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Math Help - Proving a particle is traveling at constant speed

  1. #1
    iva
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    Proving a particle is traveling at constant speed

    Hi there,

    I have a particle traveling on a curve defined by (x,y) = r(t) where r(t) = (cos t, sin t, t)

    I know this is a helix with the image being a circle, and I need to prove that the particle travels at a constant speed. I know grad r(t) will give me the tangent vector at a point ie (-sin t, cos t, 1). I thought that since grad gives rate of change, then a magnitude of 0 would mean constant speed. So trying this:

    grad (cos t, sin t, t) = (-sin t, cos t, 1) and || (-sin t, cos t, 1)|| = root(2)..

    meaning its not a constant speed right? But i know i'm wrong because my problem asks me to prove the speed is constant. CAn anyone advise please?

    Thanks!
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  2. #2
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    Isn't \displaystyle \sqrt{2} a constant?
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  3. #3
    iva
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    Ok, but doesn't that represent a rate of change, so shouldn't that value be 0 to indicate that its constant? What kind of value would then be non-constant speed?

    Thanks
    Last edited by iva; March 6th 2011 at 03:54 AM.
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    Quote Originally Posted by iva View Post
    Ok, but doesn't that represent a rate of change, so shouldn't that value be 0 to indicate that its constant? What kind of value would then be non-constant speed?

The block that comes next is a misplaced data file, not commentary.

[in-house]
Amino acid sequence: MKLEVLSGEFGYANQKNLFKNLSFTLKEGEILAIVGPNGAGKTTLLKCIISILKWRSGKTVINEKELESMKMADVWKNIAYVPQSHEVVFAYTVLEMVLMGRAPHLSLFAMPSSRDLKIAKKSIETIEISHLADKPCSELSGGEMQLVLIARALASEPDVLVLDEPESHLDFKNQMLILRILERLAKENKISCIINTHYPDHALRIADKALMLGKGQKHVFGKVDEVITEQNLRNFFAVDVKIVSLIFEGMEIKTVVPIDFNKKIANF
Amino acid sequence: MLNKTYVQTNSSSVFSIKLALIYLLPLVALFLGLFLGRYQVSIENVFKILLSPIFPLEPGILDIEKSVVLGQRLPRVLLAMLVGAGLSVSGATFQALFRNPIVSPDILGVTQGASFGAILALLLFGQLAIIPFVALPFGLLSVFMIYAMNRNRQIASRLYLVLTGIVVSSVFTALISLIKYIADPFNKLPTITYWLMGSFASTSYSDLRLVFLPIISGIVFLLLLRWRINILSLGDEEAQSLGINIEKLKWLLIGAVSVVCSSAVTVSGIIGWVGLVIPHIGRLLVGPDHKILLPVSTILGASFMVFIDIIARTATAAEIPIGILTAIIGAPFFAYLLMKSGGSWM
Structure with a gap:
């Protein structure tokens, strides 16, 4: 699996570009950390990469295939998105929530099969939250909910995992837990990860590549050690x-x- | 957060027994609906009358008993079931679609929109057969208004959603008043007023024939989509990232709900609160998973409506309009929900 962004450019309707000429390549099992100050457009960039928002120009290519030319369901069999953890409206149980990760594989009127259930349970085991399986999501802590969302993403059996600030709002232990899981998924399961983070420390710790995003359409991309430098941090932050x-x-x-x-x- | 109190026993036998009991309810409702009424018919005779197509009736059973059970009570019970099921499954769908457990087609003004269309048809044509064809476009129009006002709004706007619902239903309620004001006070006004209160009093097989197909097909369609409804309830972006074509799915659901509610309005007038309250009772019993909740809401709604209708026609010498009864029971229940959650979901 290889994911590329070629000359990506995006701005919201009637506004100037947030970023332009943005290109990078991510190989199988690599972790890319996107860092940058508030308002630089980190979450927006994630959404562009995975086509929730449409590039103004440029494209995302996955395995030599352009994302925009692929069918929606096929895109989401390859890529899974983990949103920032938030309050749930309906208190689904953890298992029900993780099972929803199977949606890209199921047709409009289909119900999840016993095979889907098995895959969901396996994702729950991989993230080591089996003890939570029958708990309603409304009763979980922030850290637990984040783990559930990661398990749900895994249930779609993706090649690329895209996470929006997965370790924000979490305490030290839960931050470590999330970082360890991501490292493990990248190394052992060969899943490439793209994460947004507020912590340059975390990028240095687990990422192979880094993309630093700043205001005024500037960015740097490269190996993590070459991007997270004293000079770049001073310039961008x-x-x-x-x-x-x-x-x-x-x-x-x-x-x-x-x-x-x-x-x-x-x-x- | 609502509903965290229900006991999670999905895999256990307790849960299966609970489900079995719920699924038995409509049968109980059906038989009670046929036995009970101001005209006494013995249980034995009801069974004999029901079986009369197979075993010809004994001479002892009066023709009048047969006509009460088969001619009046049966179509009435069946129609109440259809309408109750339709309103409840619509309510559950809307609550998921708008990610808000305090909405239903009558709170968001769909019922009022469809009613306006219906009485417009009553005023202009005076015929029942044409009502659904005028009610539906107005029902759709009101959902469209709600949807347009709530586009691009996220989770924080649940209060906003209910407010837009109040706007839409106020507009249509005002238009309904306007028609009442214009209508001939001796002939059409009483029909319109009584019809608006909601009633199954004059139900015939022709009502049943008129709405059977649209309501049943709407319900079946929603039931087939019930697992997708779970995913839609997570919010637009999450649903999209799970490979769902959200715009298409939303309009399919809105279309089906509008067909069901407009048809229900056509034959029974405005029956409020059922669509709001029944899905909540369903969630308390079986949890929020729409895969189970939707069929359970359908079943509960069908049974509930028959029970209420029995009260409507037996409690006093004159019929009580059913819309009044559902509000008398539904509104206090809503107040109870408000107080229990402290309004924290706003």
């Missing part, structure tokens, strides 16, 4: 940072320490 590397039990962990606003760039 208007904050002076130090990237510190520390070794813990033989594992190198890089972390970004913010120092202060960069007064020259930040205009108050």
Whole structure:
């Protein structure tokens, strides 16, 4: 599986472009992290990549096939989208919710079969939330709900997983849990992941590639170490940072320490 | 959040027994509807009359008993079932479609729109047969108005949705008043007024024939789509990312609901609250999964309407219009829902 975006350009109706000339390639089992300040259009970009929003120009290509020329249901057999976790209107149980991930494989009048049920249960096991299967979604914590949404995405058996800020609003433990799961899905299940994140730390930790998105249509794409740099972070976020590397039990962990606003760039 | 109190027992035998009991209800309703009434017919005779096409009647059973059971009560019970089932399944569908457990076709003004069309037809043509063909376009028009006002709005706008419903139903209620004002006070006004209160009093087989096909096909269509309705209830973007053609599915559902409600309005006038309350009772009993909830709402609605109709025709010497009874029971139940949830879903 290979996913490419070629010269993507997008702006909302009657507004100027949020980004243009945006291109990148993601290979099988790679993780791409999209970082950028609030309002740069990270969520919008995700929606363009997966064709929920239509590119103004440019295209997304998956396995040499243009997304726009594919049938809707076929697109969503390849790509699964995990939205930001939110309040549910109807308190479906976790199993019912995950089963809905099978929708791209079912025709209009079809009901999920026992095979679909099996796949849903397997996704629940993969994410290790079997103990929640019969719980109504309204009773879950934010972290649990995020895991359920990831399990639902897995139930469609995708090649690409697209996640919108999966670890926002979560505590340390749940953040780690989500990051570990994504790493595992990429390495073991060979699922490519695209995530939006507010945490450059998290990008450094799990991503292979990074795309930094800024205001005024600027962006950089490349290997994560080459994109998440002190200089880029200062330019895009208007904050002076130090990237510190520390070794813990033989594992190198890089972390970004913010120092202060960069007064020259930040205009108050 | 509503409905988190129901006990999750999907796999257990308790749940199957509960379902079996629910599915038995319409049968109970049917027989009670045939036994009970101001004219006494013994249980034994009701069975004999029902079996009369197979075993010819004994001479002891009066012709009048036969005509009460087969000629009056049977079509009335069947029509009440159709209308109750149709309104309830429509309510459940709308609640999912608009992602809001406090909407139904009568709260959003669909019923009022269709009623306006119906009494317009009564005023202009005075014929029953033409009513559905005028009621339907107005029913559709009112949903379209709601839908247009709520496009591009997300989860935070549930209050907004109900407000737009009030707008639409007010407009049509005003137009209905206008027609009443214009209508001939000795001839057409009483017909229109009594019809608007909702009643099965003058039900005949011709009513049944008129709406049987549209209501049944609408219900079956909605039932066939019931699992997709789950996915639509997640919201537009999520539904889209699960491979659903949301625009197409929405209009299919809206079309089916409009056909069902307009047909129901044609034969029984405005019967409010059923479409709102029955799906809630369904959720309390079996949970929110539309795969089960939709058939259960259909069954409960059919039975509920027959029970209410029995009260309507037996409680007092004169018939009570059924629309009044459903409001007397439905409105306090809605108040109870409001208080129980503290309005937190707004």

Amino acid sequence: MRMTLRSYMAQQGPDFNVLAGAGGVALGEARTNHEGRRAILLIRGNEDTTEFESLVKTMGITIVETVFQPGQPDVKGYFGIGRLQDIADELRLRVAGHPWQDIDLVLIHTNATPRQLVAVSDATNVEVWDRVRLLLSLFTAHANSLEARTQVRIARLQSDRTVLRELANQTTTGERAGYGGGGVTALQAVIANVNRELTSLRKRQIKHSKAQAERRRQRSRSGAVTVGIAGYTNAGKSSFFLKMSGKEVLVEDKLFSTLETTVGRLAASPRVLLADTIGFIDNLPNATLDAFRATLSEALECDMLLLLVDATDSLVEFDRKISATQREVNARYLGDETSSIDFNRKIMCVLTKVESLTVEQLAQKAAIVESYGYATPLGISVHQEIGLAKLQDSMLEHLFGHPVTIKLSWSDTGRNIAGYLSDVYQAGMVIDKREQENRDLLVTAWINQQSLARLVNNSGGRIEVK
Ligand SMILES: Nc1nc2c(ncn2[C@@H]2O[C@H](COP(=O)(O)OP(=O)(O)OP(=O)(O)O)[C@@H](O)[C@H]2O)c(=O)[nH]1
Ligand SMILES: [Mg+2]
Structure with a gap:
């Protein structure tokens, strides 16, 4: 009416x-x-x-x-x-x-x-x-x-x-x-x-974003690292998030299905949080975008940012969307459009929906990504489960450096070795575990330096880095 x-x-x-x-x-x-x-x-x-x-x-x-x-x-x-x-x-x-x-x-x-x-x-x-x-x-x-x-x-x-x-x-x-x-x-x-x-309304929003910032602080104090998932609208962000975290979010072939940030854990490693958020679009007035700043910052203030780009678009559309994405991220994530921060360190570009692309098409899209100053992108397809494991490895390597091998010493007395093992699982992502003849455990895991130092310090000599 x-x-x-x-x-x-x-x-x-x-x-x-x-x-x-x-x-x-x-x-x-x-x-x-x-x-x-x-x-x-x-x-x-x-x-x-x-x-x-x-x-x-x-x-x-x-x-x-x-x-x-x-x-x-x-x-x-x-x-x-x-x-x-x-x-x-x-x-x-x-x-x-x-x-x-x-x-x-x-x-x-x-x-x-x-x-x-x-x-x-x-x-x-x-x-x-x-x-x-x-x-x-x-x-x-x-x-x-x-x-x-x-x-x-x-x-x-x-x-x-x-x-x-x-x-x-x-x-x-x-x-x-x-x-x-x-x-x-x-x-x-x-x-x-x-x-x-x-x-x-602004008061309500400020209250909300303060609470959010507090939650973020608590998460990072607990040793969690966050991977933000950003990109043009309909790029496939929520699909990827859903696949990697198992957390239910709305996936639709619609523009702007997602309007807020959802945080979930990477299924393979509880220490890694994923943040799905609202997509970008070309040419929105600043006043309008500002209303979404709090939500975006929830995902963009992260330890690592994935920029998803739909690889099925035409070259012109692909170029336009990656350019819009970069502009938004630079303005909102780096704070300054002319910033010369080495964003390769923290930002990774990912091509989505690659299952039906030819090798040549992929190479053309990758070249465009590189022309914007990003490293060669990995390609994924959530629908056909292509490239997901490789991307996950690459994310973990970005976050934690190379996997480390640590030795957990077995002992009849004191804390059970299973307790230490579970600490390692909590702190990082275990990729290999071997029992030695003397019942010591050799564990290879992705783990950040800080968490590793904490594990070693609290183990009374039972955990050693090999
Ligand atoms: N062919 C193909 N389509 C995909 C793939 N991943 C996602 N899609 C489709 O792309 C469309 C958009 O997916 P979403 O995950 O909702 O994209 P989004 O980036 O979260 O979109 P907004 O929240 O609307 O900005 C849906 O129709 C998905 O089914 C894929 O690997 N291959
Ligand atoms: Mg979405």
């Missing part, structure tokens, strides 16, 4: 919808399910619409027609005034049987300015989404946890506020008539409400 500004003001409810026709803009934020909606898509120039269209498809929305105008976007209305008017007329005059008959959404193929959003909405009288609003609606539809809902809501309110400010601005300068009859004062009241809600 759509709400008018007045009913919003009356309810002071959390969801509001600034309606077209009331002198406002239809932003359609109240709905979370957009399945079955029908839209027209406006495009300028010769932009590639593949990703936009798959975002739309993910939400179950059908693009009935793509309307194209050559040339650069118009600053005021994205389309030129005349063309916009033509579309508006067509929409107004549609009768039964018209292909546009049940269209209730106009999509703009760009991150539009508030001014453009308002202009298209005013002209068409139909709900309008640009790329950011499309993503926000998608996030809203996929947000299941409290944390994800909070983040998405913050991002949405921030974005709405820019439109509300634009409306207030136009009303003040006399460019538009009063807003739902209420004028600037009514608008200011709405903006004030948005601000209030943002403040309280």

Thanks
    If you get a speed of 0 then that means the particle is not moving...

    To have a non-constant speed, then you would have speed as a function of \displaystyle t.
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    Hello, iva!

    A particle travels on a curve defined by: (x,y) = r(t), where: . r(t) \:=\: (\cos t, \sin t, t)

    I know this is a helix with the image being a circle,
    and I need to prove that the particle travels at a constant speed.

    I know. r'(t) gives me the tangent vector at a point, i.e. (\text{-}\sin t, \cos t, 1).

    I thought that since r'(t) gives rate of change,
    then a magnitude of 0 would mean constant speed. . no!

    \,r'(t) is the velocity of the particle.
    . . It provides the direction and the speed of the particle.

    The speed is the magnitude of the velocity: . s \:=\:|r'(t)|
    . . Hence: . s \;=\;\sqrt{(\text{-}\sin t)^2 + (\cos t)^2 + 1^2} \;=\;\sqrt{2}

    At any time \,t, the speed is \sqrt{2} units/second.
    . . The speed is constant.

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